So the targets are going are going to be-

-18 hours of writing every week. Every day, minimum of one hour of writing needs to be completed. A tally of what kind of work is being done is to be maintained.

-6 hours to be spent on networking activities per week.

-An actual meeting has to take place at least every month.

Photo by martin.trolle

Writing screenplays on android tablets

The widgets

First things first.

I have not done a comprehensive review of all the screenwriting widgets available on net. In fact, I have not tried any screenplay widget which is not free. What I believe is that if you can’t find a free widget for doing something, probably that function is not either relevant or important. I don’t want to buy things that I don’t really need.

But if it is any consolation (to myself included), all the screenwriting widgets I have not tried mostly have very poor rating. So the untested ones are screenwriter, celtx, fade in (paid version).

And my vote is for MyScreenplays free version.

MyScreenplays has a very different format which needs a little getting used to. It is different from other screenplay programs that we use routinely. It treats every segment of dialogue or action as a different unit. You have to open these separate units individually and edit. But after some use, you get used to the structure.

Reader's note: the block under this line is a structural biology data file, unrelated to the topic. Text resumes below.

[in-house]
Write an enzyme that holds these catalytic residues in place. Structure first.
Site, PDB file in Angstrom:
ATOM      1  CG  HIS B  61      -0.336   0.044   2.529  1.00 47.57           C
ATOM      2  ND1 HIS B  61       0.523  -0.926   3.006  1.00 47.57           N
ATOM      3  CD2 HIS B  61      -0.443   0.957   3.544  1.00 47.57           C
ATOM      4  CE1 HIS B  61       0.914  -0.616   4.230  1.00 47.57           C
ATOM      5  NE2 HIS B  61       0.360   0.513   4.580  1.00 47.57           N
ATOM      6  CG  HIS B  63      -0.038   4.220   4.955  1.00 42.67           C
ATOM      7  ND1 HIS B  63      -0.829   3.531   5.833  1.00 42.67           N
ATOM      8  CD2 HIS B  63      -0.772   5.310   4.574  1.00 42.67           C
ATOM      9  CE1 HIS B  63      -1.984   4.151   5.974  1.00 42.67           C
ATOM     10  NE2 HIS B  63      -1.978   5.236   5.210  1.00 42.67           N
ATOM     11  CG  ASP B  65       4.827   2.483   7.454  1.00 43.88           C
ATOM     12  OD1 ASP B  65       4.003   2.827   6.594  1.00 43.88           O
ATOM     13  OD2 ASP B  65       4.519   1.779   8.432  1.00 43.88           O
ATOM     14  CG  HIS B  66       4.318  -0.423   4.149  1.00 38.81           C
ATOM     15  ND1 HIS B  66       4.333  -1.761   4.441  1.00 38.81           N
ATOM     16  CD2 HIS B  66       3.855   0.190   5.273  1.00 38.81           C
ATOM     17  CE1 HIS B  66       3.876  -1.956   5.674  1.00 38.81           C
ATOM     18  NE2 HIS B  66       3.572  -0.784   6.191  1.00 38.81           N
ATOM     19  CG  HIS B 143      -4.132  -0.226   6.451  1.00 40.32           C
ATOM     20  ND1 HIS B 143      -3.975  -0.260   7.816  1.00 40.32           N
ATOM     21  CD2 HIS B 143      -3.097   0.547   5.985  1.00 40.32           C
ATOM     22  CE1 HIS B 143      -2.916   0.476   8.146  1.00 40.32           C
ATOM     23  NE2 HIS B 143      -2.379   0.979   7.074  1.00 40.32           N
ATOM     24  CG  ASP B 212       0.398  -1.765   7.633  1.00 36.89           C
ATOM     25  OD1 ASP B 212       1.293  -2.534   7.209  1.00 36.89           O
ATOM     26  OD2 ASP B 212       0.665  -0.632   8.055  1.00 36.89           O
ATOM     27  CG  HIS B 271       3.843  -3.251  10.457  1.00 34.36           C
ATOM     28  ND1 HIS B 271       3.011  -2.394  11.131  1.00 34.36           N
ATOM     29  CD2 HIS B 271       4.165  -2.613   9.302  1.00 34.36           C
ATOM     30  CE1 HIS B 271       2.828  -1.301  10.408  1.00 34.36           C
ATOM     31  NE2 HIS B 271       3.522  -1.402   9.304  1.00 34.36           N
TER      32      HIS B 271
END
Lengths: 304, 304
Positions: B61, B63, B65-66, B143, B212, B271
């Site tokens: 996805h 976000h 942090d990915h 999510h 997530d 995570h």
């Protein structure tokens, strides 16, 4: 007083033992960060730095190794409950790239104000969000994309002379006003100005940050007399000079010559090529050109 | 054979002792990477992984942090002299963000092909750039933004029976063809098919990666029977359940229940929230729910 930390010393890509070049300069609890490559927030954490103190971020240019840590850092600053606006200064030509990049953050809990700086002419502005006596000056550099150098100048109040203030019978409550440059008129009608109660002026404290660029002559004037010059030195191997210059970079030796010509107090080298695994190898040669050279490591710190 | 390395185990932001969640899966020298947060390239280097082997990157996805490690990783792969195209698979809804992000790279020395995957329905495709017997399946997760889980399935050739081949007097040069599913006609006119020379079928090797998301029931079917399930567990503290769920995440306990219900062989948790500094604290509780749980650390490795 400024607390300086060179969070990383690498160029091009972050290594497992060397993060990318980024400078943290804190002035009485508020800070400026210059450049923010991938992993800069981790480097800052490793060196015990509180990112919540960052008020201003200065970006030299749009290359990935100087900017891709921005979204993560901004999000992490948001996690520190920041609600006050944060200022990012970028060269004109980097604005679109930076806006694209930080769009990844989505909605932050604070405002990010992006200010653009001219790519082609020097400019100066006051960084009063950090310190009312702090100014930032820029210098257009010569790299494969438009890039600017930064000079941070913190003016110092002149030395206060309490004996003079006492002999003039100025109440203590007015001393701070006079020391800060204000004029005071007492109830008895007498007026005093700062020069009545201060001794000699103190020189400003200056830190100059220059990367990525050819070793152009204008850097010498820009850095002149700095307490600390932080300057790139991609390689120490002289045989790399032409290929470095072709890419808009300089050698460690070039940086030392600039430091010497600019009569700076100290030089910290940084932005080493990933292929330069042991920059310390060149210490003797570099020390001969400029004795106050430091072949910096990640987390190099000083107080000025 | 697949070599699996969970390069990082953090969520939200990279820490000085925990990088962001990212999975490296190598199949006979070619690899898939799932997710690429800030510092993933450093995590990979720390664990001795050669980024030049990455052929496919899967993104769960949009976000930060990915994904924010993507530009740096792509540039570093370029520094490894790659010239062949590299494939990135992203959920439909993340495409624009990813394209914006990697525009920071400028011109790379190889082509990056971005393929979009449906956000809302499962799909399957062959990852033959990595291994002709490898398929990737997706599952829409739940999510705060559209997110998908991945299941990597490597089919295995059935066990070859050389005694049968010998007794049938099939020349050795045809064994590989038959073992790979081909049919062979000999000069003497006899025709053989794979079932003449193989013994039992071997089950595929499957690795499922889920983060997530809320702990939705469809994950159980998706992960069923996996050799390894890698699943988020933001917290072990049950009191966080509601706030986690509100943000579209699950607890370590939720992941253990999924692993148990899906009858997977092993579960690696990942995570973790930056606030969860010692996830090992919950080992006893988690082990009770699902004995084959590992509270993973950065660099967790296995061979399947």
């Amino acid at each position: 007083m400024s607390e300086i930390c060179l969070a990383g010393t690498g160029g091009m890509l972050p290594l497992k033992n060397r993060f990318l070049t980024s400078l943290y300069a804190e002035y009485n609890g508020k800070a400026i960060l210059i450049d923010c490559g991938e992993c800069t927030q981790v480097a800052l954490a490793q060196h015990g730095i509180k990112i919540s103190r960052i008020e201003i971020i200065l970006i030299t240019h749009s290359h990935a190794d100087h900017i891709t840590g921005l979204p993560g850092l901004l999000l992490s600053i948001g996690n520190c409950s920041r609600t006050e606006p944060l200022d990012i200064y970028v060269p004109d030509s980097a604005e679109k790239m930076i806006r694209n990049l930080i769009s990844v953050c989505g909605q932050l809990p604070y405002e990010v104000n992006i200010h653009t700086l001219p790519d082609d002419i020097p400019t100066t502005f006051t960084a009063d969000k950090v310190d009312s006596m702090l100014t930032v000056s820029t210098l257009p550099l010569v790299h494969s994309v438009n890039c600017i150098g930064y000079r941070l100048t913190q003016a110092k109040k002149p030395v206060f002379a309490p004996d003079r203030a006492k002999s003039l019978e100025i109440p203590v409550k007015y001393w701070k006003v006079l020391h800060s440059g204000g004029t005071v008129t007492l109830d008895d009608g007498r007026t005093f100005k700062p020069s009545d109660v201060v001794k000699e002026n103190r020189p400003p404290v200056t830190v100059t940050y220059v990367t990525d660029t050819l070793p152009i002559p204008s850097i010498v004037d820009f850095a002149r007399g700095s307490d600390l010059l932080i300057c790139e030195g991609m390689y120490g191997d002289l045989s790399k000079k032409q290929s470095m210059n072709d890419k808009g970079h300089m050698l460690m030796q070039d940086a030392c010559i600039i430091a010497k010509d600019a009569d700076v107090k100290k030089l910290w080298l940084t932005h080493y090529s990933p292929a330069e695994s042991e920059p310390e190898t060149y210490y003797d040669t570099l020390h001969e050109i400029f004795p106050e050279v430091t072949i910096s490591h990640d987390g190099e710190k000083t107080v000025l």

Its biggest strength is import and export. MyScreenplays is one of those few android screenwriting programs that get this one right.

It can import and export to celtx and final draft. Export function has been smooth. But my experience with importing has not been that good.

The only difference between free and paid version is absence of ads. I am seriously thinking of buying the paid version for honoring their decision not to restrict certain functions in the free version.

Fade In free which is very good in other aspects lost out here. I couldn’t export my work in any meaningful way. It is possible that this problem with Fade In Free is very tablet specific (I have a samsung 750 (10.1)) and it would work well in other tablets.